Months of long-lasting lockdowns have left populations in panic and economies in decline. This has been the situation in Europe over the past two months, but with healthcare systems overwhelmed and doctors pleading locals to stay at home, the threat of the coronavirus remains real. Deaths have crossed the 20,000 mark in Italy, France, Spain and the United Kingdom, and authorities are now hoping to contain the virus by pushing for stricter measures such as social distancing and urging people to avoid non-essential travel.
The Reality of Lockdowns
The coronavirus lockdowns have brought life to a daily halt. The regular movement of people has been restricted, education has taken a hit across all age groups, stock markets are performing poorly and a general interest in consumerism has fallen low. These lockdowns have brought both good and bad results. The number of cases are gradually decreasing which may come as a positive sign in this fight against the invisible enemy, but at the same time it has brought a halt to all major industries globally which include manufacturing, production and retail businesses. Businesses are turning towards their governments to ask for funding which will help them revive after incurring heavy financial losses. Take airlines for example, many have become bankrupt – their wings chopped off. Sporting events have been suspended, another blow for some of the top professional athletes in the world.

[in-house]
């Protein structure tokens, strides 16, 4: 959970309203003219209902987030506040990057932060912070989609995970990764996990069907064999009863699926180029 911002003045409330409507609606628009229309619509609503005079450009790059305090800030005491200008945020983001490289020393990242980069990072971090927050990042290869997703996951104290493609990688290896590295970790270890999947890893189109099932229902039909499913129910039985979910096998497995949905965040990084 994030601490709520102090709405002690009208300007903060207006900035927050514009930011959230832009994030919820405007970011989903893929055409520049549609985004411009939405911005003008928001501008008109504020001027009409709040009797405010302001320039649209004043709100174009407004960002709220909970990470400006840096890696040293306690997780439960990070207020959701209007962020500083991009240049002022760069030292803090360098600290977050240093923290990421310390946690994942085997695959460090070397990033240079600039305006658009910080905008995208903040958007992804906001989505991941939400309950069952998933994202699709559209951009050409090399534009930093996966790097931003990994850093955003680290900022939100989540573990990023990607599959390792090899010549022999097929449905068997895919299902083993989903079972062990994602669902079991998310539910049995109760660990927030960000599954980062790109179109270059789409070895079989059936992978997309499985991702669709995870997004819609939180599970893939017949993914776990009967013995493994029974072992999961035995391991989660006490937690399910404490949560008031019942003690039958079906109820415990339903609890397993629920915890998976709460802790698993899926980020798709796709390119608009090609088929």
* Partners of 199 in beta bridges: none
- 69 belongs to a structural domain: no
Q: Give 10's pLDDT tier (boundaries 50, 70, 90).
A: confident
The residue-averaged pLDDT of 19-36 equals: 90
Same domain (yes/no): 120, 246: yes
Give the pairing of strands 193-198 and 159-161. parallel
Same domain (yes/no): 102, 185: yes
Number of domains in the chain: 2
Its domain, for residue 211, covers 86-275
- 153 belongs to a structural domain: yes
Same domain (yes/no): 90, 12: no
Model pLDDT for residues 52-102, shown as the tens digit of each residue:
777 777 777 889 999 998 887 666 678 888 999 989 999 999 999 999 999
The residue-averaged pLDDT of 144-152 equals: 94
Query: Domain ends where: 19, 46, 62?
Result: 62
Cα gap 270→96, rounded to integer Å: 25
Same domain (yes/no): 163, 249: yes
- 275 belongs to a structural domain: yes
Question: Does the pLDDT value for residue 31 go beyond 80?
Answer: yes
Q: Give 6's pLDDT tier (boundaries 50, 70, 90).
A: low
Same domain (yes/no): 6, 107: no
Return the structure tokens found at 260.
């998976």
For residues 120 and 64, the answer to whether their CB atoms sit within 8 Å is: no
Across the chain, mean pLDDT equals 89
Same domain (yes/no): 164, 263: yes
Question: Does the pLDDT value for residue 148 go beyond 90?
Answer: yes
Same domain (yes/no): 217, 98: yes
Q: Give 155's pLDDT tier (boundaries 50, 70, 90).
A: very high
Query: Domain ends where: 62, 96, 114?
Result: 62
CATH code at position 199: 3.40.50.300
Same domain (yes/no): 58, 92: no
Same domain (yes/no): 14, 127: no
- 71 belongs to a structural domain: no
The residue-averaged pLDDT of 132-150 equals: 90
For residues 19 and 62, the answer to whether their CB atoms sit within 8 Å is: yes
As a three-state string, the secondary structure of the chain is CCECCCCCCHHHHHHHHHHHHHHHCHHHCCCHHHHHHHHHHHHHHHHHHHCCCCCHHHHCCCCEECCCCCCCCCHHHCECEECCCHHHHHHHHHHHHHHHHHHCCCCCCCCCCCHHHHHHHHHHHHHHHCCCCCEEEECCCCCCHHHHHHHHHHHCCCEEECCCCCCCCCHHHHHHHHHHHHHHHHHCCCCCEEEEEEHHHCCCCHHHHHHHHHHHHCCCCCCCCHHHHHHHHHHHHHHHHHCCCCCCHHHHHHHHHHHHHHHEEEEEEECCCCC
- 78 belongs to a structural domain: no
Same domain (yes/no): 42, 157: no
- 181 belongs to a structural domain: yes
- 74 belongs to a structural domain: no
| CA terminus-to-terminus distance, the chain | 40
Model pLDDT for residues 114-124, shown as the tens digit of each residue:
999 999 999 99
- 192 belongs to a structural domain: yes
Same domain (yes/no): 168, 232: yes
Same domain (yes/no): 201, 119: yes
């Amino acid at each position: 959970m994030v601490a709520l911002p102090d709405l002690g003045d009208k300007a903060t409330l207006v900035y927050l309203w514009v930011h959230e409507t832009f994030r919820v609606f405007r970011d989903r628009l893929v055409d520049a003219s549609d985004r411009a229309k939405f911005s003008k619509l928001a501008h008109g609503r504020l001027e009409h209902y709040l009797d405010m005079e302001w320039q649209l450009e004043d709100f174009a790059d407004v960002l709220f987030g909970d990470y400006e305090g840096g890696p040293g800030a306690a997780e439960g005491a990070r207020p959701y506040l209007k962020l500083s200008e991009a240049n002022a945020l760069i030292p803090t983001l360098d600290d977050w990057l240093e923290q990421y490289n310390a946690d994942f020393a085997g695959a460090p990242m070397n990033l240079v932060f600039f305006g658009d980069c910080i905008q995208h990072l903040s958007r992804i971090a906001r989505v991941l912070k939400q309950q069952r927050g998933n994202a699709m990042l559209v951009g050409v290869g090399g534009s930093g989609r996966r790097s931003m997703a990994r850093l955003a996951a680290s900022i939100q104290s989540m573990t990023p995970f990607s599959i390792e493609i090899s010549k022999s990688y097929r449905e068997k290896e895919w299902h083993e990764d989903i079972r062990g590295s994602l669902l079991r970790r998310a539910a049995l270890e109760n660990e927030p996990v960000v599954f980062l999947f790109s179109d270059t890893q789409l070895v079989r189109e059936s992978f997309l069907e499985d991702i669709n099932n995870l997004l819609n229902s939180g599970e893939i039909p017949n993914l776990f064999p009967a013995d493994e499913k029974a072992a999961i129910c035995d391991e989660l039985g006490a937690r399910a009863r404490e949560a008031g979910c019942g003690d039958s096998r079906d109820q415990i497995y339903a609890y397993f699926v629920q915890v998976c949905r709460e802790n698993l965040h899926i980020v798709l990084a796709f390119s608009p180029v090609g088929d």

At a time when the pandemic is wreaking havoc across the globe, forcing people out from their jobs and bringing forth a recession, there arises the need to ease these lockdowns and restart daily life. However, this will come at a cost. There still hasn’t been any discovery of a potential vaccine which can eliminate the virus completely and nothing of the sort is expected for at least a year. Governments are now considering easing these lockdowns to make sure problems such as growing inequality between the rich and poor, domestic violence and other mental or physical illnesses do not reach their tipping point. They’re relying on the use of technology, putting restrictions on people of certain ages and limiting the time people can stay outdoors. So how is Europe eventually going to take a break for good from these lockdowns?
Phase Two of Italy’s Response to COVID-19 Starts on May 4
Starting off with Italy, Prime Minister Giuseppe Conte has announced a few measures which will help the country get back on its feet. ‘Phase Two’ of Italy’s fight against the coronavirus will begin on May 4 when restrictions will be loosened, the construction and manufacturing sectors will reopen and people will be allowed to visit their relatives. However, social distancing will still be strictly practiced and people will have to wear masks. The strict measures that Italy took earlier in its fight have resulted in extremely encouraging statistics which state that 45% of the transmission of the virus was contained due to the lockdown. Cafés and restaurants will be allowed to open from June 1 but schools will remain shut until September. The ban on mass has angered some segments of Italian society but PM Conte says he believes in his advisory board which knows what’s best for the country. Conte’s moves have raised some eyebrows, with opposition coming from the far-right League but his coalition remains solid in the face of criticism. While some factions of the Italian political landscape are against Conte, the majority are in favor of the PM’s actions during COVID-19. This can also be seen by the 66% approval rating that he has gained in under two months.
Spain’s ‘New Summer’